Ask your marketing and communications teams to help you create these learning materials, and, where appropriate, to inject an element of fun. For example, certain parts of the training could include prizes, or awards could be given out upon its completion.
Don’t forget to work out how much the resources will cost you in order to budget effectively. Consider how often this training will need to be carried out, how many of the resources are a one-off cost, and which you’ll need to pay for with every round of training.
6. Who Is Best Placed to Carry out the Training?
Do you need to hire a learning and development officer to carry out this training? Are you going to use current in-house experts to provide training?
If the latter is true, will they need training on L&D? Remember, just because someone is good at their role doesn’t automatically make them an expert educator.
Be sure to also consider how you’ll account for the time they lose from their capacity to carry out their own role. This is a hidden cost that’s important to incorporate into your plans. In addition, they may not always be free to take on the task of on-the-job training whenever you need them to.
If you’re going to need the services of an external trainer, do you have a budget for this? This applies both to the training of the employees going through your on-the-job training program and the training of your on-the-job trainers.
7. Design What Your On-The-Job Training Program Will Look Like, Step-By-Step
It’s time to flesh out your program and see your concept take real-world shape. Look at the user journey your trainees will take, and get it down on paper step-by-step.
This will enable you to identify and plug any gaps in your plan. Remember, it’s not too late to change and adapt your program at this point – in fact, that’s the point of this exercise.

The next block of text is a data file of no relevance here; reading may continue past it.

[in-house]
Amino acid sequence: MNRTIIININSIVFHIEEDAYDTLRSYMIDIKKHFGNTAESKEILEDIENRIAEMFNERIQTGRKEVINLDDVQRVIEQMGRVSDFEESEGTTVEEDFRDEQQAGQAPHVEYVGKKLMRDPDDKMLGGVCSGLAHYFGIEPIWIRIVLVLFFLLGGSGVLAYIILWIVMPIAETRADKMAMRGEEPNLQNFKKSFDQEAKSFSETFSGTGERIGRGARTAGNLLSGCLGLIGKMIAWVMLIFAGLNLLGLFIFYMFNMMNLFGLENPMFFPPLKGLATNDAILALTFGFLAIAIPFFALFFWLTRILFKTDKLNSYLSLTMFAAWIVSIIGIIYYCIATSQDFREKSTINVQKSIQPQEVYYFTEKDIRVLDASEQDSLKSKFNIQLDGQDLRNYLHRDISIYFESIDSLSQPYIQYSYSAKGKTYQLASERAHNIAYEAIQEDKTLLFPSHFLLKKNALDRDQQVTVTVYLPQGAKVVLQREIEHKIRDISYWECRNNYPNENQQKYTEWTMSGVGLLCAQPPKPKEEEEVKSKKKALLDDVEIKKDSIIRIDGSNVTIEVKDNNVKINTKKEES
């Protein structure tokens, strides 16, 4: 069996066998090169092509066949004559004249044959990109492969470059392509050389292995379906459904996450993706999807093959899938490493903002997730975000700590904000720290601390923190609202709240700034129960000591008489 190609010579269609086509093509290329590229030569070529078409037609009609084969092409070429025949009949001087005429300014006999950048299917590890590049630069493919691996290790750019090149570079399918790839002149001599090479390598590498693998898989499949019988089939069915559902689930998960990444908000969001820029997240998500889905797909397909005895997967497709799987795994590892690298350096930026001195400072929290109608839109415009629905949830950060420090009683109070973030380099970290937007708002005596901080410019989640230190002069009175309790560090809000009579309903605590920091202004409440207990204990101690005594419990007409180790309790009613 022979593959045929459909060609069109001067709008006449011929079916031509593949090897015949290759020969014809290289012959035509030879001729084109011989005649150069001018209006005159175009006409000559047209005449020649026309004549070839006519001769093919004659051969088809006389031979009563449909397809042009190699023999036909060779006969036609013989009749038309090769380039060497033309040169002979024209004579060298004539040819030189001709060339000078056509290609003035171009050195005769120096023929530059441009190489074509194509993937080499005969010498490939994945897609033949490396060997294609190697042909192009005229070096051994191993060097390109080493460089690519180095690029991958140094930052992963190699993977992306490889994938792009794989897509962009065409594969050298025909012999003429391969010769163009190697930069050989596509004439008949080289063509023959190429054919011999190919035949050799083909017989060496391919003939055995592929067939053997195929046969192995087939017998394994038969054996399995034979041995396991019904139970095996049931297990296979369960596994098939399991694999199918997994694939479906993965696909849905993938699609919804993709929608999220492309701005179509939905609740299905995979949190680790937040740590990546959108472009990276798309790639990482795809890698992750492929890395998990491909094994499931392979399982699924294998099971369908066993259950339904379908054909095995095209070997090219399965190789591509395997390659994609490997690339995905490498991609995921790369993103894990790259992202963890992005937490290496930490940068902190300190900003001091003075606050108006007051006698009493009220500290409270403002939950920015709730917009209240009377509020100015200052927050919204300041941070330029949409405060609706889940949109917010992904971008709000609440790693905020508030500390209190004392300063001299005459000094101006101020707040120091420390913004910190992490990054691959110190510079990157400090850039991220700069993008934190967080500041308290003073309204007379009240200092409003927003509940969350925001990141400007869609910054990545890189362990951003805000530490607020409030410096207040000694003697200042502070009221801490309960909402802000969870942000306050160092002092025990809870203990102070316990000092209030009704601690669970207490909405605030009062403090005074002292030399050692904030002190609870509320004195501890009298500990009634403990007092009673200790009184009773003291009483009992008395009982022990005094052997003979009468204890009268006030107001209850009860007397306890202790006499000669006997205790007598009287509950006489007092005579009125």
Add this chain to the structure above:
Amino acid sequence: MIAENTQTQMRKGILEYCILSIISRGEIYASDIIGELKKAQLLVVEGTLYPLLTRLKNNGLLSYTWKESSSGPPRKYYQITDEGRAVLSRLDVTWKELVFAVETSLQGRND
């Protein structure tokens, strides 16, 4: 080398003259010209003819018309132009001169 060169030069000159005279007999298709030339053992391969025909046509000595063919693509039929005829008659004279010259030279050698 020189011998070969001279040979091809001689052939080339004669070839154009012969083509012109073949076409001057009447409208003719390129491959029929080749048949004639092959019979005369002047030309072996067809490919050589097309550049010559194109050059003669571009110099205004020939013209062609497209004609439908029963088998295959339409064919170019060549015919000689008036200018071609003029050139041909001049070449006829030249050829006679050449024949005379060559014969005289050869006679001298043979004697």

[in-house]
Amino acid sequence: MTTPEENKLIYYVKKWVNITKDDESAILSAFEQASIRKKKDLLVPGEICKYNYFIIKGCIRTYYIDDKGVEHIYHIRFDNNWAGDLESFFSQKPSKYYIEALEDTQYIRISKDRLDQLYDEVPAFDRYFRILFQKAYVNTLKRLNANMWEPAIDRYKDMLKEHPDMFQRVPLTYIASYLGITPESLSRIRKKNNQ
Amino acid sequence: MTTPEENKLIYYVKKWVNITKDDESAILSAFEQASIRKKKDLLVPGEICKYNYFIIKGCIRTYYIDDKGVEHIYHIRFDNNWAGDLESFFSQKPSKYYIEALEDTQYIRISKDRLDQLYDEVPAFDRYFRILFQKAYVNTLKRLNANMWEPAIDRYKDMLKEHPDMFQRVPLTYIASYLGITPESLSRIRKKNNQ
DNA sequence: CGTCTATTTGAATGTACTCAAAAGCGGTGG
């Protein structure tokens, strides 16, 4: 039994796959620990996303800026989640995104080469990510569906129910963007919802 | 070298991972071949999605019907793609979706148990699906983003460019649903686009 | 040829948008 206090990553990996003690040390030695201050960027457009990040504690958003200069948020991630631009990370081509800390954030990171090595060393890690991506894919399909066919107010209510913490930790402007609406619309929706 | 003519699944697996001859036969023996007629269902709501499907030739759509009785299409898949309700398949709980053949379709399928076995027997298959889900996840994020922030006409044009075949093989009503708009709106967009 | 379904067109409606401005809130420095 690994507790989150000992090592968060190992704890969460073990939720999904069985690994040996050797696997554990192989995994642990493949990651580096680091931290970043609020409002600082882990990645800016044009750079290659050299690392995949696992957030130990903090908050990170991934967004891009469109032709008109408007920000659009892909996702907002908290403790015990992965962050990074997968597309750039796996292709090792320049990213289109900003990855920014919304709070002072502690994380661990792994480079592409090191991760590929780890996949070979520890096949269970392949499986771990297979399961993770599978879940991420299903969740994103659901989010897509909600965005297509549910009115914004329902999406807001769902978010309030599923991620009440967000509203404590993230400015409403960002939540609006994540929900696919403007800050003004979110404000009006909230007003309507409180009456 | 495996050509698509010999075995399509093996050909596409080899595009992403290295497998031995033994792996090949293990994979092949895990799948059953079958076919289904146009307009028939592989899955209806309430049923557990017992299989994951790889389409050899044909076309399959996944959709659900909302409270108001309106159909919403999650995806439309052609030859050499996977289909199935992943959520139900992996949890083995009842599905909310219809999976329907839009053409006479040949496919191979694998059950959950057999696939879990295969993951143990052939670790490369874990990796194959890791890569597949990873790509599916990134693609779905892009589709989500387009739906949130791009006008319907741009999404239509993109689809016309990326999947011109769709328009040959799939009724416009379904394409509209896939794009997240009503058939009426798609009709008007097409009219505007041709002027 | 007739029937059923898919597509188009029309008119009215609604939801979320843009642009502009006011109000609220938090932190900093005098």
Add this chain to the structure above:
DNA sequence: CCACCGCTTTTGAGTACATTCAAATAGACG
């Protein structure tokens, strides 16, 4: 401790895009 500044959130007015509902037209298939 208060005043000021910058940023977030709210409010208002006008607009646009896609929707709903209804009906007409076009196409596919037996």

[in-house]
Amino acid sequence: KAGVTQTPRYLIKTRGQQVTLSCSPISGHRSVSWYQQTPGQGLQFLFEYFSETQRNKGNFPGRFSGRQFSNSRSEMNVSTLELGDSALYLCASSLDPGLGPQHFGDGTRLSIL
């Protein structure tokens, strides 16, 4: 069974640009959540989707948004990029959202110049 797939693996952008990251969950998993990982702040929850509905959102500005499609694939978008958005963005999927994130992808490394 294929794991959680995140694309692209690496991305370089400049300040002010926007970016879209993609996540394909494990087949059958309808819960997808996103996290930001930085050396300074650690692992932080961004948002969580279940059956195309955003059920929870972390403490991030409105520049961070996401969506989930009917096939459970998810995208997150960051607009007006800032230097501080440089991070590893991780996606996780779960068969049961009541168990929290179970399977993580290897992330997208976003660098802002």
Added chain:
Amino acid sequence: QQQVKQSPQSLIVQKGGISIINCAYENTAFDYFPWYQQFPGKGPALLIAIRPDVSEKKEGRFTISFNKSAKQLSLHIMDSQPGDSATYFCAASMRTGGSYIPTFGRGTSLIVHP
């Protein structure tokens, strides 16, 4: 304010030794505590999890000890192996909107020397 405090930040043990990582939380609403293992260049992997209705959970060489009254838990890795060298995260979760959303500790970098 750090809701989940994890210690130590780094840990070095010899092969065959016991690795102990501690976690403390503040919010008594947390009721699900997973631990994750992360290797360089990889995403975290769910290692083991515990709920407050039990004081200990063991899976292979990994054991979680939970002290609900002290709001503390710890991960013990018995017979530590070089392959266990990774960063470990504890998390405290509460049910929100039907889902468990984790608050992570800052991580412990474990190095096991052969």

Look at the plan from the trainers’ point of view too. Hhow much time is it going to take them? Will they have any conflicting responsibilities?
8. Build an Implementation Plan
Sit down with your management team and figure out an implementation plan.
This should include aspects such as:
○ Are you going to beta test your program first, and with who?
○ Introducing your plan to the trainers and coordinators involved
○ How to present the program positively throughout the company
○ How to ensure employees are engaged with the program
○ The start date and the first review date
Including your management team at this stage is crucial – they’ll be able to spot any issues with your plan that you may have been blind to.
9. Roll Out
This is the exciting part: you’ve worked hard to build your plan, and now you get to see it come to life.
Carry out your implementation plan and let your training program fly.
10. Gather Feedback and Adapt
No program is perfect – especially at the beginning. Problems here are to be expected: they don’t mean you’ve failed. It’s how you respond to these issues that will determine the success of your program.
Regular reviews are essential for the success of any on-the-job training program. The hard part is actually sticking to your reviews, so decide ahead of time when your first review will take place, and calendar in all the consultations, assessments, and meetings that need to take place ahead of time.
Once you’ve gathered the quantitative (test results) and qualitative (interviews) data, adjust your program accordingly. Rinse and repeat, continuing to finesse your plan over the years.
Have you seen success with an on-the-job training program? Tell us about it in the comments.